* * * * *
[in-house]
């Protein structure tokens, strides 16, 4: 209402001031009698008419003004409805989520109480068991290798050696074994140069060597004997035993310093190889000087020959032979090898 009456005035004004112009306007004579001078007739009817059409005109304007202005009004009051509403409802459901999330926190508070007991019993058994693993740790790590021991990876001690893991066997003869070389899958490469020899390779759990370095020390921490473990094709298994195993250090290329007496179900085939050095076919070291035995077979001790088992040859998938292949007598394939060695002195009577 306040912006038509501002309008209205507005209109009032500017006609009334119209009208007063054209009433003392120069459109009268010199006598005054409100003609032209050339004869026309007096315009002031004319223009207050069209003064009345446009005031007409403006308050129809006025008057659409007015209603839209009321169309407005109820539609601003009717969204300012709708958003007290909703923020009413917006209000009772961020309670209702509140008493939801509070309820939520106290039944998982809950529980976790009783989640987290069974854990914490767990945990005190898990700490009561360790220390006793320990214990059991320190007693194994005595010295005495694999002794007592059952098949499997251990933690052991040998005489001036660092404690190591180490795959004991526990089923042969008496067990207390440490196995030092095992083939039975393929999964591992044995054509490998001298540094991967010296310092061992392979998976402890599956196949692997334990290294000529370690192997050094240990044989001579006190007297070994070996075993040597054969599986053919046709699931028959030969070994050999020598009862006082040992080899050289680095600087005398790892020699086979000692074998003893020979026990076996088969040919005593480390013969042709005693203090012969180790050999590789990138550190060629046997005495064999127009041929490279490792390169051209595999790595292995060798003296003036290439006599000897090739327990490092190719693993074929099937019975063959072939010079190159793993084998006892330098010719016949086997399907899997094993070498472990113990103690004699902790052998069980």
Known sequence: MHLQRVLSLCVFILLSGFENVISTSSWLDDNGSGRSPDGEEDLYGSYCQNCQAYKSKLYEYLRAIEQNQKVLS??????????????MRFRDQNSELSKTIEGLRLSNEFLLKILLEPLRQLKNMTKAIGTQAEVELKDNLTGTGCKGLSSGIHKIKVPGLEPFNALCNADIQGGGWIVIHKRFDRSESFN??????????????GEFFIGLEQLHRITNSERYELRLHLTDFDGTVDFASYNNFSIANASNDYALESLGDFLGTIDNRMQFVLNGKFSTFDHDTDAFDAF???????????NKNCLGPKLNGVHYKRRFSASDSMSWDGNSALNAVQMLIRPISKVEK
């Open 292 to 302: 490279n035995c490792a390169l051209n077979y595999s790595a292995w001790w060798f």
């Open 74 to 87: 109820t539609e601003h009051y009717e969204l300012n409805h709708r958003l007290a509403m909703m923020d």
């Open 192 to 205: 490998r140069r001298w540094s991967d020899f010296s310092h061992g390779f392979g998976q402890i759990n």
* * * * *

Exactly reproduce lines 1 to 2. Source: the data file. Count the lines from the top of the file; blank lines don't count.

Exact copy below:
[in-house]
């Protein structure tokens, strides 16, 4: 209402001031009698008419003004409805989520109480068991290798050696074994140069060597004997035993310093190889000087020959032979090898 009456005035004004112009306007004579001078007739009817059409005109304007202005009004009051509403409802459901999330926190508070007991019993058994693993740790790590021991990876001690893991066997003869070389899958490469020899390779759990370095020390921490473990094709298994195993250090290329007496179900085939050095076919070291035995077979001790088992040859998938292949007598394939060695002195009577 306040912006038509501002309008209205507005209109009032500017006609009334119209009208007063054209009433003392120069459109009268010199006598005054409100003609032209050339004869026309007096315009002031004319223009207050069209003064009345446009005031007409403006308050129809006025008057659409007015209603839209009321169309407005109820539609601003009717969204300012709708958003007290909703923020009413917006209000009772961020309670209702509140008493939801509070309820939520106290039944998982809950529980976790009783989640987290069974854990914490767990945990005190898990700490009561360790220390006793320990214990059991320190007693194994005595010295005495694999002794007592059952098949499997251990933690052991040998005489001036660092404690190591180490795959004991526990089923042969008496067990207390440490196995030092095992083939039975393929999964591992044995054509490998001298540094991967010296310092061992392979998976402890599956196949692997334990290294000529370690192997050094240990044989001579006190007297070994070996075993040597054969599986053919046709699931028959030969070994050999020598009862006082040992080899050289680095600087005398790892020699086979000692074998003893020979026990076996088969040919005593480390013969042709005693203090012969180790050999590789990138550190060629046997005495064999127009041929490279490792390169051209595999790595292995060798003296003036290439006599000897090739327990490092190719693993074929099937019975063959072939010079190159793993084998006892330098010719016949086997399907899997094993070498472990113990103690004699902790052998069980």